...help.

Peegoo
Contributing Member
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The spotlight

looks like a prison break
May 4th, 2017 02:40 PM   Edit   Profile   Print Topic   Search Topic

To be a bit more precise, see link.

Generally, an electric guitar's high E string when properly intonated will be the closest to the advertized scale length (the nut-to-12th-fret distance x 2). All other strings' lengths will be a bit longer.

See notes below pic.

Saxman84738

United States

May 4th, 2017 03:19 PM   Edit   Profile   Print Topic   Search Topic

Wow. Thanks guys.

Mick Reid
Contributing Member
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Australia

American-made in Oz!!
May 4th, 2017 05:12 PM   Edit   Profile   Print Topic   Search Topic

Welcome Saxman!
The guys that posted above are *way* more experienced than me and nearly everything I know today has been handed down from them & others like them here.

Some of the key points to take away from this thread are "this is not an exact science" and "a compromise must be made to get an instrument to sound its best".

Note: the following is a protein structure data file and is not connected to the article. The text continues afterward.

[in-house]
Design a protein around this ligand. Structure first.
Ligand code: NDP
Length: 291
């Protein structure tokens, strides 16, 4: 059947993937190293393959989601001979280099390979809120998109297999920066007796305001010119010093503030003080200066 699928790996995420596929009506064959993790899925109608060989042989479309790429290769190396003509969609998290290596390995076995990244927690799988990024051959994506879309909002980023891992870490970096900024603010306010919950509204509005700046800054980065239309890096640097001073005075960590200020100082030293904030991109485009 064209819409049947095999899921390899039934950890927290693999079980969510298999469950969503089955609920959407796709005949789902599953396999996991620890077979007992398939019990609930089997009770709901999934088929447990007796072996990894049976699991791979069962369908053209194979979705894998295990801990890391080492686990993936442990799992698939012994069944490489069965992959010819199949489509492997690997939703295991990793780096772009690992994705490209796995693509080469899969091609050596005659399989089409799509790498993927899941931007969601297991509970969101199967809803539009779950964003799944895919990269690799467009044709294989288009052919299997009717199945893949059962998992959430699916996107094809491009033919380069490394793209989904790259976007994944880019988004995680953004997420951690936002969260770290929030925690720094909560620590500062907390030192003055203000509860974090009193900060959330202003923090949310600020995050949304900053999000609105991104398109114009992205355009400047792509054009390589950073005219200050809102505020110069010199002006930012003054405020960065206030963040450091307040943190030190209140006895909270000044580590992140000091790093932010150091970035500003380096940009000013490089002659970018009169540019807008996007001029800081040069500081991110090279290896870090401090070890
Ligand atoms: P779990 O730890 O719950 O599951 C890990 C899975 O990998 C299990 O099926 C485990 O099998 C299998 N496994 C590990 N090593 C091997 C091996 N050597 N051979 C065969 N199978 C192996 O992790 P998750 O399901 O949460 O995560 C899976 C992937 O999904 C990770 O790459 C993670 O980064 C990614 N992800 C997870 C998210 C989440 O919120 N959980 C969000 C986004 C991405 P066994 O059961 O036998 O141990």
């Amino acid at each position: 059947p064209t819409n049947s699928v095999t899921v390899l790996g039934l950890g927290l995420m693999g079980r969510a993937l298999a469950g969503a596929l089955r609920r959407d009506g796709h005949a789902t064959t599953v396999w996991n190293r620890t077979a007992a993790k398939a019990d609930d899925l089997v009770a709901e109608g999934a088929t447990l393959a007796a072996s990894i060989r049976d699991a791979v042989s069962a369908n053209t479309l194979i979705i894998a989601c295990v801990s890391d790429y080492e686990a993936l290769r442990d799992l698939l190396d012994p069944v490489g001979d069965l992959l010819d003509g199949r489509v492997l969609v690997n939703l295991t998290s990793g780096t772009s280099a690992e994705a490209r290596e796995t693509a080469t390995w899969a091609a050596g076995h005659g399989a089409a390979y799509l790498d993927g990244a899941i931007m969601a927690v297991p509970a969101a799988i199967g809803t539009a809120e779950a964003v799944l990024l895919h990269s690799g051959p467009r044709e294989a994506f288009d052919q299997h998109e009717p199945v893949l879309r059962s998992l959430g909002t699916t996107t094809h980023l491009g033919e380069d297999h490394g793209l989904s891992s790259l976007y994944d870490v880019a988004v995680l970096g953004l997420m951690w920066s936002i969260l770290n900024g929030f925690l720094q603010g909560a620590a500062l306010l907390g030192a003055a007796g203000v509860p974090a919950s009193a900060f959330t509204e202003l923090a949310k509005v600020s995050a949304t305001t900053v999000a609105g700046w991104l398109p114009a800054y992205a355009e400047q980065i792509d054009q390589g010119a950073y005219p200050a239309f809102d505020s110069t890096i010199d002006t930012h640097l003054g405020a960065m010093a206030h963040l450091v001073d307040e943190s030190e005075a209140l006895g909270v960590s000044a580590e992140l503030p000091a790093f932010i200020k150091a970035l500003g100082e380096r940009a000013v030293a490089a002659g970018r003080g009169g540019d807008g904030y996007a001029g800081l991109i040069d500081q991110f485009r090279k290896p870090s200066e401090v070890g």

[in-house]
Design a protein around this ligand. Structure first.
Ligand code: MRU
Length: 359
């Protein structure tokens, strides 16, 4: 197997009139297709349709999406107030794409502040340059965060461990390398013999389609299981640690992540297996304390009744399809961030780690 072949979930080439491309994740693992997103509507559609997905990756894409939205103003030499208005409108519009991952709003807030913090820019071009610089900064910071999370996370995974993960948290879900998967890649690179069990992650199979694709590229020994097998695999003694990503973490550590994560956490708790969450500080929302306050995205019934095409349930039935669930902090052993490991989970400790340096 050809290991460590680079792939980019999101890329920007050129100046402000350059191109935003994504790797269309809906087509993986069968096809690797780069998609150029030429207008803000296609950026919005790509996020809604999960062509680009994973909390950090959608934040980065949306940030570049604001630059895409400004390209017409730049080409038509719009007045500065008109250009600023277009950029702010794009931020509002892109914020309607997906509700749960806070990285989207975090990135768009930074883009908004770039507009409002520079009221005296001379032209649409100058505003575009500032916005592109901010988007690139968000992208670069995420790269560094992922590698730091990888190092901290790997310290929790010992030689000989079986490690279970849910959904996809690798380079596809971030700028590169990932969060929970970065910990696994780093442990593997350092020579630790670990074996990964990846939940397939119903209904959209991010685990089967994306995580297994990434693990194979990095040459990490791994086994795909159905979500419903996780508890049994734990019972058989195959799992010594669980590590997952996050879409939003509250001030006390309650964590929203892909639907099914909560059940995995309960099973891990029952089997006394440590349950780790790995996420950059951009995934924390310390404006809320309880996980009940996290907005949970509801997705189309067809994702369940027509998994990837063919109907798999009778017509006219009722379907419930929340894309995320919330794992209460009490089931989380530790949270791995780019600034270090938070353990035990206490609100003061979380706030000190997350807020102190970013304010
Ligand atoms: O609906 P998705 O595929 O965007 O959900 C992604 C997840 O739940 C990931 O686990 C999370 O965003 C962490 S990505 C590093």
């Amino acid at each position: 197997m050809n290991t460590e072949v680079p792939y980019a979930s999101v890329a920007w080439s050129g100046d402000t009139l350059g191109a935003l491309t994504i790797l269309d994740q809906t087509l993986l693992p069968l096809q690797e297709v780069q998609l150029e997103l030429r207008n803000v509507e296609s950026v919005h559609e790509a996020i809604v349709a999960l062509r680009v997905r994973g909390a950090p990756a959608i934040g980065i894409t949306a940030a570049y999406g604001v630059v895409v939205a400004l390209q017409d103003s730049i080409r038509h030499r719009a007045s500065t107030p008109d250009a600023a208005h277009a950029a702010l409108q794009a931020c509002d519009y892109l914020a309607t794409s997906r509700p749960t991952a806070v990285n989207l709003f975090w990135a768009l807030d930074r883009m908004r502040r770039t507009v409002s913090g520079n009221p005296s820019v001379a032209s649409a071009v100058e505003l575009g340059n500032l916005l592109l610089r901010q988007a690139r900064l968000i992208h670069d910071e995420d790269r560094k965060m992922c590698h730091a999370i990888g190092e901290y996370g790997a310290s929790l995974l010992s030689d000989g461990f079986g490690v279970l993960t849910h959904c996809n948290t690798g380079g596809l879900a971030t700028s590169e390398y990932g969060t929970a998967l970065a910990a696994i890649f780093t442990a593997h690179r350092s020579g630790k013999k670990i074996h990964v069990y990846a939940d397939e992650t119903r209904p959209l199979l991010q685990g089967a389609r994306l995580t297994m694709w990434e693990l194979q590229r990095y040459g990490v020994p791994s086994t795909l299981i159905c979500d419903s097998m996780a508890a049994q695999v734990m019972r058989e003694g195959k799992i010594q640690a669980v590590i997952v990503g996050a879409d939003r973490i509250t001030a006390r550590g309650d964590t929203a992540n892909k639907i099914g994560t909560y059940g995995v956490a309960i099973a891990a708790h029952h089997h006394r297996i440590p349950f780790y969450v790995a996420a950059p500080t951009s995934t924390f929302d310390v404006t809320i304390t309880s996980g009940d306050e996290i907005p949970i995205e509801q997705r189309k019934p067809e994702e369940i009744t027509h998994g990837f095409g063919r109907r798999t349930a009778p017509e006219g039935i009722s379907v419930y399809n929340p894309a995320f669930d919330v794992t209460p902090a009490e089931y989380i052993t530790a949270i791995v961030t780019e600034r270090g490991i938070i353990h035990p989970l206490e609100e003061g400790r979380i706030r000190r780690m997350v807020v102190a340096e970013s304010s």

No two guitars (generally speaking) will intonate exactly the same. In no small part because "Action, relief and string height & gauge affect intonation adjustments."

Sorry for the regurgitation. I just wanted to highlight the take aways here.

Stick around here long enough and before you know it you'll be doing all kinds of your own set up & mod stuff!

Cheers,
Mick

Saxman84738

United States

May 4th, 2017 06:12 PM   Edit   Profile   Print Topic   Search Topic

Thanks, Mick. My plans are to build or rebuild some guitars. The strat I have, I bought for $55 at a pawn shop. It needed strings and tuners. While I had it all apart, and I mean all apart, I wet sanded and polished it thinking its better to learn on a $55 guitar that a $500 one. I gotta say, it looks almost as good as it did before I took it apart (just kidding). Following Fender's procedures, I set it up (from a to z) and it sounds very well. I have done two for my Pastor and he is very happy with the work I have done. Guitars are much easier than saxophones.....Again, thank you for your input I will be relying on this forum heavily....

Peegoo
Contributing Member
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The spotlight

looks like a prison break
May 4th, 2017 06:26 PM   Edit   Profile   Print Topic   Search Topic

Welcome to the forum, Saxman.

Like Mick, you appear to have two attributes that will take you a long way as a guitar tech: (1) fearlessness and (2) a healthy respect for doing things correctly. Anyone can learn to do guitar tech work.

The #1 rule when working on a guitar is Do No Damage.